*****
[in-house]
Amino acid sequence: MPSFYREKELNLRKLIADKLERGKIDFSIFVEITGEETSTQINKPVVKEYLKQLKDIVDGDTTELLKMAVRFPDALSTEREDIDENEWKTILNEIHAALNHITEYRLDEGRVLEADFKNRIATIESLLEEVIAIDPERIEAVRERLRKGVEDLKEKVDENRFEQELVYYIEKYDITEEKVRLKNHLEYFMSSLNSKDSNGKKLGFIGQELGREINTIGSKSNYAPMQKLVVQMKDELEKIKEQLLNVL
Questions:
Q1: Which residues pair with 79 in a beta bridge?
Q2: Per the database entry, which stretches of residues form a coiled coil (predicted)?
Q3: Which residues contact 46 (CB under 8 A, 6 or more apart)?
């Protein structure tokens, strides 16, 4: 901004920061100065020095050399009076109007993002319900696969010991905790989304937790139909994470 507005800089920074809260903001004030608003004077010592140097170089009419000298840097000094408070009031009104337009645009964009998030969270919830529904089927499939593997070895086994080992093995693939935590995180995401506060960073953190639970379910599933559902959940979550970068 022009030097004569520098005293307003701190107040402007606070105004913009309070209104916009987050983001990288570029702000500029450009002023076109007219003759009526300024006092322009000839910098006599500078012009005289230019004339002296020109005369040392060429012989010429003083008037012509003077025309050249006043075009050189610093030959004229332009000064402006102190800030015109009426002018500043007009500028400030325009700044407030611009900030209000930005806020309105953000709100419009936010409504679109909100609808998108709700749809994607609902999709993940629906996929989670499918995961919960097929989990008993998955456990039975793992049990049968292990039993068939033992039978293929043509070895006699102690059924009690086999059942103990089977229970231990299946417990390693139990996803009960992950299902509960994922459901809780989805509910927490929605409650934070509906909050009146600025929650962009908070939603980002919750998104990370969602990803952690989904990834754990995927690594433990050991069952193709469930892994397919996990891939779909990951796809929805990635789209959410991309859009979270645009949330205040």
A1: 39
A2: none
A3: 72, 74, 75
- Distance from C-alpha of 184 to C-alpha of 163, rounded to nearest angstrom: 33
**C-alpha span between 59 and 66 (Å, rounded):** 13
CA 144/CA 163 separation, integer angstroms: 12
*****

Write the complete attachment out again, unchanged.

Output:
[in-house]
Amino acid sequence: MPSFYREKELNLRKLIADKLERGKIDFSIFVEITGEETSTQINKPVVKEYLKQLKDIVDGDTTELLKMAVRFPDALSTEREDIDENEWKTILNEIHAALNHITEYRLDEGRVLEADFKNRIATIESLLEEVIAIDPERIEAVRERLRKGVEDLKEKVDENRFEQELVYYIEKYDITEEKVRLKNHLEYFMSSLNSKDSNGKKLGFIGQELGREINTIGSKSNYAPMQKLVVQMKDELEKIKEQLLNVL
Questions:
Q1: Which residues pair with 79 in a beta bridge?
Q2: Per the database entry, which stretches of residues form a coiled coil (predicted)?
Q3: Which residues contact 46 (CB under 8 A, 6 or more apart)?
């Protein structure tokens, strides 16, 4: 901004920061100065020095050399009076109007993002319900696969010991905790989304937790139909994470 507005800089920074809260903001004030608003004077010592140097170089009419000298840097000094408070009031009104337009645009964009998030969270919830529904089927499939593997070895086994080992093995693939935590995180995401506060960073953190639970379910599933559902959940979550970068 022009030097004569520098005293307003701190107040402007606070105004913009309070209104916009987050983001990288570029702000500029450009002023076109007219003759009526300024006092322009000839910098006599500078012009005289230019004339002296020109005369040392060429012989010429003083008037012509003077025309050249006043075009050189610093030959004229332009000064402006102190800030015109009426002018500043007009500028400030325009700044407030611009900030209000930005806020309105953000709100419009936010409504679109909100609808998108709700749809994607609902999709993940629906996929989670499918995961919960097929989990008993998955456990039975793992049990049968292990039993068939033992039978293929043509070895006699102690059924009690086999059942103990089977229970231990299946417990390693139990996803009960992950299902509960994922459901809780989805509910927490929605409650934070509906909050009146600025929650962009908070939603980002919750998104990370969602990803952690989904990834754990995927690594433990050991069952193709469930892994397919996990891939779909990951796809929805990635789209959410991309859009979270645009949330205040």
A1: 39
A2: none
A3: 72, 74, 75
- Distance from C-alpha of 184 to C-alpha of 163, rounded to nearest angstrom: 33
**C-alpha span between 59 and 66 (Å, rounded):** 13
CA 144/CA 163 separation, integer angstroms: 12